Saturday, May 3, 2008

The Third Day

Of Mary’s Charity Towards God.

St. Anselm says, that ‘wherever there is the greatest purity, there is also the greatest charity.’ The more a heart is pure and empty of itself, the greater is the fulness of its love towards God. The most holy Mary, because she was all humility, and had nothing of self in her, was filled with Divine love, so that ‘her love towards God surpassed that of all men and angels,’ as St. Bernardine writes. Therefore St. Francis of Sales with reason called her, ‘the Queen of love.’ God has, indeed, given men the precept to love Him with their whole hearts: ‘Thou shalt love the Lord thy God with thy whole heart.’ But, as St. Thomas declares, ‘this commandment will be fully and perfectly fulfilled by men in heaven alone, and not on earth, where it is only fulfilled imperfectly.’ On this subject, blessed Albert the Great remarks, that in a certain sense, it would have been unbecoming had God given a precept, which was never to have been perfectly fulfilled. But this would have been the case had not the Divine Mother perfectly fulfilled it. ‘Divine love,’ says St. Bernard, ‘so penetrated and filled the soul of Mary, that no part of her was left untouched; so that she loved with her whole heart, with her whole soul, with her whole strength, and was full of grace.’ Therefore Mary could well say: ‘My Beloved has given Himself all to me, and I have given myself all to Him.’ ‘Ah, well might even the Seraphim,’ says Richard, ‘have descended from heaven to learn, in the heart of Mary, how to love God.’

God, who is love, came on earth to enkindle in the hearts of all the flame of His Divine love; but in no heart did He enkindle it so much as in that of His Mother; for her heart was entirely pure from all earthly affections, and fully prepared to burn with this blessed flame. Thus St. Sophronius says, that ‘Divine love so inflamed her, that nothing earthly could enter her affections; she was always burning with this heavenly flame, and, so to say, inebriated with it.’ Hence the heart of Mary became all fire and flames, as we read of her in the sacred Canticles: ‘The lamps thereof are fire and flames;’ fire burning within through love, as St. Anselm explains it; and flames shining without, by the example she gave to all in the practice of virtues. St. Thomas of Villanova says, that the bush seen by Moses, which burnt without being consumed, was a real symbol of Mary’s heart. Therefore with reason, says St. Bernard, was she seen by St. John clothed with the sun: ‘And there appeared a great wonder in heaven, a woman clothed with the sun;’ for, continues the Saint, ‘she was so closely untied to God by love, and penetrated so deeply the abyss of Divine Wisdom, that, without a personal union with God, it would seem impossible for a creature to have a closer union with Him.’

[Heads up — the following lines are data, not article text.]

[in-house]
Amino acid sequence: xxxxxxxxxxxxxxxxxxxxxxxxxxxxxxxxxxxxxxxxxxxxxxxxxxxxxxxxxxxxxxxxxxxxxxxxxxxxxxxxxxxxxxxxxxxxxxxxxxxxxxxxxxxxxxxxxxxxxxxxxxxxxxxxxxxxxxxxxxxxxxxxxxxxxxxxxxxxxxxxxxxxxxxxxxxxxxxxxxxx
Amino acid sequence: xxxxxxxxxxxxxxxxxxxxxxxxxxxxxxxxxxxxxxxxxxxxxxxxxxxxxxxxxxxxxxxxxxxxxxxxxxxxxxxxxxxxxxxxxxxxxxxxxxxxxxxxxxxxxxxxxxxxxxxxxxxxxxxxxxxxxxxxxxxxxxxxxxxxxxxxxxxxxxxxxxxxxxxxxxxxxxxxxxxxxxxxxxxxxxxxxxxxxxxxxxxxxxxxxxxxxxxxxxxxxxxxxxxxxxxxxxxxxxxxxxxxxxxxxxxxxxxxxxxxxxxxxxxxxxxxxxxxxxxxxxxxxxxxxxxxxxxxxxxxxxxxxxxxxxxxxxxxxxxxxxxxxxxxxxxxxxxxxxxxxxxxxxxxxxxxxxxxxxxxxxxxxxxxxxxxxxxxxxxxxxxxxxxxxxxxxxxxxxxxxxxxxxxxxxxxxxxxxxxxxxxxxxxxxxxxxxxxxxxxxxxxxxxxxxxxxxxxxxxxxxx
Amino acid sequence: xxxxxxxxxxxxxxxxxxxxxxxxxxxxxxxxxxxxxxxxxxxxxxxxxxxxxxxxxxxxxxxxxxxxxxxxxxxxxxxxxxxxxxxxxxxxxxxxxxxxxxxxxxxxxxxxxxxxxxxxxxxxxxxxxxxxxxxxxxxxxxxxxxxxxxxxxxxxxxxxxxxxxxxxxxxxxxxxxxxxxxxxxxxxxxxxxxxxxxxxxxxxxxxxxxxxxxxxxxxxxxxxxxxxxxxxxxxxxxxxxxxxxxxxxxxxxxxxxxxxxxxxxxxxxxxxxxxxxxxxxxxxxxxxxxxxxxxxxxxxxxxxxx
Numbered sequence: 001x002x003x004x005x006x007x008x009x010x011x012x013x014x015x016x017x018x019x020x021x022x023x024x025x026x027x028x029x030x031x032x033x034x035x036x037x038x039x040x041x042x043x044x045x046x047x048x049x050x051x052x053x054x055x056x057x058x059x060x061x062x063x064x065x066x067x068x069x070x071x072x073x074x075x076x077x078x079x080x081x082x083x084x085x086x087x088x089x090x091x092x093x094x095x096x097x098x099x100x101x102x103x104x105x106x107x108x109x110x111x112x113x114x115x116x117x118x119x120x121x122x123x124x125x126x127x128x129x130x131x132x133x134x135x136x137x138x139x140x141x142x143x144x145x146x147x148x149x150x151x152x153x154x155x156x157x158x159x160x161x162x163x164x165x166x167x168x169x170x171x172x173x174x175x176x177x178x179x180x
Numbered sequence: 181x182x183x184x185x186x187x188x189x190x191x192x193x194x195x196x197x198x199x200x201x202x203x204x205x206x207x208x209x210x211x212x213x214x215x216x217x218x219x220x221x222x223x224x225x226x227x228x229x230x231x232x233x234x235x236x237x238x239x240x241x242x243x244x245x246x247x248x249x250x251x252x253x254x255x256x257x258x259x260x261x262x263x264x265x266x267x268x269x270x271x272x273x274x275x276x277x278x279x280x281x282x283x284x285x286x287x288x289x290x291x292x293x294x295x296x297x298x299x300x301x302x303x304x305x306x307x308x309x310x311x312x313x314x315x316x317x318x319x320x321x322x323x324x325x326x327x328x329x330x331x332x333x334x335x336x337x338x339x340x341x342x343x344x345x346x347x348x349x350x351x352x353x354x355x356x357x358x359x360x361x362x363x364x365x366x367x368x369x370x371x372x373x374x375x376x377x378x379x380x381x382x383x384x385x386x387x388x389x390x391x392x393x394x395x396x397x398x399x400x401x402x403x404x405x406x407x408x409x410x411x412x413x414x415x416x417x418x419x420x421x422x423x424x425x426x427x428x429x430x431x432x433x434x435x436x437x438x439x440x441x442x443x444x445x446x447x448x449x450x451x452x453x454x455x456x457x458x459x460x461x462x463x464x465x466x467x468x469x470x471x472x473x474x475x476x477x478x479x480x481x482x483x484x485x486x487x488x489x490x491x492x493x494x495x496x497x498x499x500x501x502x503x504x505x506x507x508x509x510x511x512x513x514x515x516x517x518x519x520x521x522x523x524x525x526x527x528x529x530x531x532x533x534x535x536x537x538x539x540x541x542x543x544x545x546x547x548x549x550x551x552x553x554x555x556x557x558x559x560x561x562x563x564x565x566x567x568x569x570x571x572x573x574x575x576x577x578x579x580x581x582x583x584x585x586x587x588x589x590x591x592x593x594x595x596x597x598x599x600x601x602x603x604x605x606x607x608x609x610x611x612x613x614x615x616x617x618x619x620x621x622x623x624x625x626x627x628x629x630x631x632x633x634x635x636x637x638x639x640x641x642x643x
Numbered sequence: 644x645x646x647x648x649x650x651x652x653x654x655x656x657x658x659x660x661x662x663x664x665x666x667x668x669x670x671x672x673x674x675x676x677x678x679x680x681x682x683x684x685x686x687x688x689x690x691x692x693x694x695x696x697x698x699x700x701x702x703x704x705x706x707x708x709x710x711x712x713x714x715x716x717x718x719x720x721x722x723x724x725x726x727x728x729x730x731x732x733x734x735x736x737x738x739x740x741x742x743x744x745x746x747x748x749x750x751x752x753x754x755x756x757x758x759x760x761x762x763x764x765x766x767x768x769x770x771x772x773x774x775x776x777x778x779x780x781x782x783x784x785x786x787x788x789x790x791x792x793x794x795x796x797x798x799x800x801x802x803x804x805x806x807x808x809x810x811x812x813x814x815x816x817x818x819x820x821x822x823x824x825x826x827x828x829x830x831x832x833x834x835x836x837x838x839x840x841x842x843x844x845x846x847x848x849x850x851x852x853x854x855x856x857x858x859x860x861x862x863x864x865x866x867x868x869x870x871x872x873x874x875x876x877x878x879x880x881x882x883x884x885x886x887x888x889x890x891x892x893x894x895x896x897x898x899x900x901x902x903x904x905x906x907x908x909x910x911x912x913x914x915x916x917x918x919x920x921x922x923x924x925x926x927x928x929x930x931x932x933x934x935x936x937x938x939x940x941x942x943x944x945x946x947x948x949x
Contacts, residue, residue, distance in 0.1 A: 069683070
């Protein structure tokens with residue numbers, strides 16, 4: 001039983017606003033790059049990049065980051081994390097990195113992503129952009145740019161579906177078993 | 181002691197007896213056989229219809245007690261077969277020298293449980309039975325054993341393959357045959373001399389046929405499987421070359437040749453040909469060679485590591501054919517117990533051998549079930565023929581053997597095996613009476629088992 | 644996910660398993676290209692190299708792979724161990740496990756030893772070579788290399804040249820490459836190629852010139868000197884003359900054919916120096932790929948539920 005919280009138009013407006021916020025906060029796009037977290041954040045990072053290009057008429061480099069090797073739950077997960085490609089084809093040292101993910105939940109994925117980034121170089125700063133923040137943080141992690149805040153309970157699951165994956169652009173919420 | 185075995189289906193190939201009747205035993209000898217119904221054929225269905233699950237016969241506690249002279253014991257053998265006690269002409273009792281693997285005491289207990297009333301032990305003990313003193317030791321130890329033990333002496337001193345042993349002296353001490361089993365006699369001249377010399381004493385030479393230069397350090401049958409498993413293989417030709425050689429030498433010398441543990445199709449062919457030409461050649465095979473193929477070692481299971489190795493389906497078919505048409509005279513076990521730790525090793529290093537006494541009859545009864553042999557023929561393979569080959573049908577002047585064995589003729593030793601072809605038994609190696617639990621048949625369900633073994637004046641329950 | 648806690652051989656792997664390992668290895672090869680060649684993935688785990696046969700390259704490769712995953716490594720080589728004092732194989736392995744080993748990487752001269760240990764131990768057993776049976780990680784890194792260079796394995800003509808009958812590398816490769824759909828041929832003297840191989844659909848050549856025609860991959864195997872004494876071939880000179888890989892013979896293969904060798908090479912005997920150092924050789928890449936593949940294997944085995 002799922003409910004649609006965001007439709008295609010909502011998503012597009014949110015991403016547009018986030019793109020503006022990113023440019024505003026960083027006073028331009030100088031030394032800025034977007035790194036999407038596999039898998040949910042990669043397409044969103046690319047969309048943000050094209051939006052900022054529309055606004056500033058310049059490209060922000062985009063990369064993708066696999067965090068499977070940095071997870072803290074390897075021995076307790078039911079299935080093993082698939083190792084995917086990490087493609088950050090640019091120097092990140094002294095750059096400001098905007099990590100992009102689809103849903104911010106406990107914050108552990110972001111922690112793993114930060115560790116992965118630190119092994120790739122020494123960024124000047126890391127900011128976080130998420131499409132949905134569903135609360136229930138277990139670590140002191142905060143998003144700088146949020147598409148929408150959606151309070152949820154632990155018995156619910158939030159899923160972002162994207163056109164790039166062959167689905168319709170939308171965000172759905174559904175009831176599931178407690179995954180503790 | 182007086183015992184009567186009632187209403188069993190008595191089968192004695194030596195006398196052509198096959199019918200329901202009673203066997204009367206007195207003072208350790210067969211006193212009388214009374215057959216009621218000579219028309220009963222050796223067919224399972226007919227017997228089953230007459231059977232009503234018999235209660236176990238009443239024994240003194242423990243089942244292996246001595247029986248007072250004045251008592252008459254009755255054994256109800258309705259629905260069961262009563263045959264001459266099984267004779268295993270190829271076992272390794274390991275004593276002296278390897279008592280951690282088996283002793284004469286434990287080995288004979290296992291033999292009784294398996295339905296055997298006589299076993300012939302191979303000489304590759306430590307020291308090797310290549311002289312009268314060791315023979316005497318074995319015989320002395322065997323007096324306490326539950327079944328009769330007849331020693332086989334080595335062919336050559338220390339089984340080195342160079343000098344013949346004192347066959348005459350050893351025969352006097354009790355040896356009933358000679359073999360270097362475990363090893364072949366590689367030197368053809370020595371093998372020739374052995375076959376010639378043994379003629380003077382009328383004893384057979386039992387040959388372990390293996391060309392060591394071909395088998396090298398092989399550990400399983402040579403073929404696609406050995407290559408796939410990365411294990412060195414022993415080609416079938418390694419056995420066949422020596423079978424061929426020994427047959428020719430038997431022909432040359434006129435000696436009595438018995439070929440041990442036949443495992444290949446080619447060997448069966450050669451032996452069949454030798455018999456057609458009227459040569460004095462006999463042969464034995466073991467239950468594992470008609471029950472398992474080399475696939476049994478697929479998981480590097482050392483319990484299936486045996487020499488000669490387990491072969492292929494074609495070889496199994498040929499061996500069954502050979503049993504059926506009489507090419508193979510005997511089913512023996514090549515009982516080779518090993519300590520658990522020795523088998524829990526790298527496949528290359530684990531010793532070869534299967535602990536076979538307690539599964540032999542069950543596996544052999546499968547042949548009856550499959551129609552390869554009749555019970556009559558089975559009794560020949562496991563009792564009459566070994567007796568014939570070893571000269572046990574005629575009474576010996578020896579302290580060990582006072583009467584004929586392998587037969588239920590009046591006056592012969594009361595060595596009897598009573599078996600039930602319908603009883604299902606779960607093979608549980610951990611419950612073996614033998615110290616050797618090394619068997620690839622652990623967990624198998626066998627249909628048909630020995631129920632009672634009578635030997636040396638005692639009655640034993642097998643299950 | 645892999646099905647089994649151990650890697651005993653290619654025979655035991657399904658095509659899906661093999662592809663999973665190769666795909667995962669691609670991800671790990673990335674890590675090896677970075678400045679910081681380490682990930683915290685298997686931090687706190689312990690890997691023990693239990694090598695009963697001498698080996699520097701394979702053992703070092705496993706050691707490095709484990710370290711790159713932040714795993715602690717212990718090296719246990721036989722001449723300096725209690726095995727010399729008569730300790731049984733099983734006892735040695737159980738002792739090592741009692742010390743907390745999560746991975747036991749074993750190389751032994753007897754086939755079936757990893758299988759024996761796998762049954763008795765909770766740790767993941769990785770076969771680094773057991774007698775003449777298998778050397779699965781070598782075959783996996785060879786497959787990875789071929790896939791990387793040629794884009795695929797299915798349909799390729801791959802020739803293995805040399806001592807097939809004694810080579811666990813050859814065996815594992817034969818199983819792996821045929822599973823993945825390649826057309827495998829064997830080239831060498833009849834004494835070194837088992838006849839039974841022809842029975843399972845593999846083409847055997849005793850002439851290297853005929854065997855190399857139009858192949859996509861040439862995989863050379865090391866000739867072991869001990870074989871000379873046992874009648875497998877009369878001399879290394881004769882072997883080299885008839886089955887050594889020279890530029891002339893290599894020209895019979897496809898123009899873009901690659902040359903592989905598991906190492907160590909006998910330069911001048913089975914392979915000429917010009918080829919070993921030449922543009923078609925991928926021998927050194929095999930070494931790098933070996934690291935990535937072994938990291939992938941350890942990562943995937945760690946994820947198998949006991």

Hence St. Bernardine of Sienna asserts that the most holy Virgin was never tempted by hell; for he says: ‘As flies are driven away by a great fire, so were the evil spirits driven away by her ardent love, so much so, that they did not even dare approach her.’

Mary herself revealed to St. Bridget, that in this world she never had any thought, desire, or joy, but in and for God: ‘I thought,’ she said, ‘of nothing but God, nothing pleased me but God;’ so that her blessed soul being in the almost continual contemplation of God whilst on earth, the acts of love she formed were innumerable, as Father Suarez writes. But a remark of Bernardine de Bustis pleases me still more: he says that Mary did not so much repeat acts of love as other Saints do, but that her whole life was one continued act of it; for, by a special privilege, she always actually loved God. As a royal eagle, she always kept her eyes fixed on the Divine Sun of Justice; ‘so that,’ as St. Peter Damian says, ‘the duties of active life did not prevent her from loving, and love did not prevent her from attending to those duties.’ Therefore St. Germanus says, that the altar of propitiation, on which the fire was never extinguished day or night, was a type of Mary.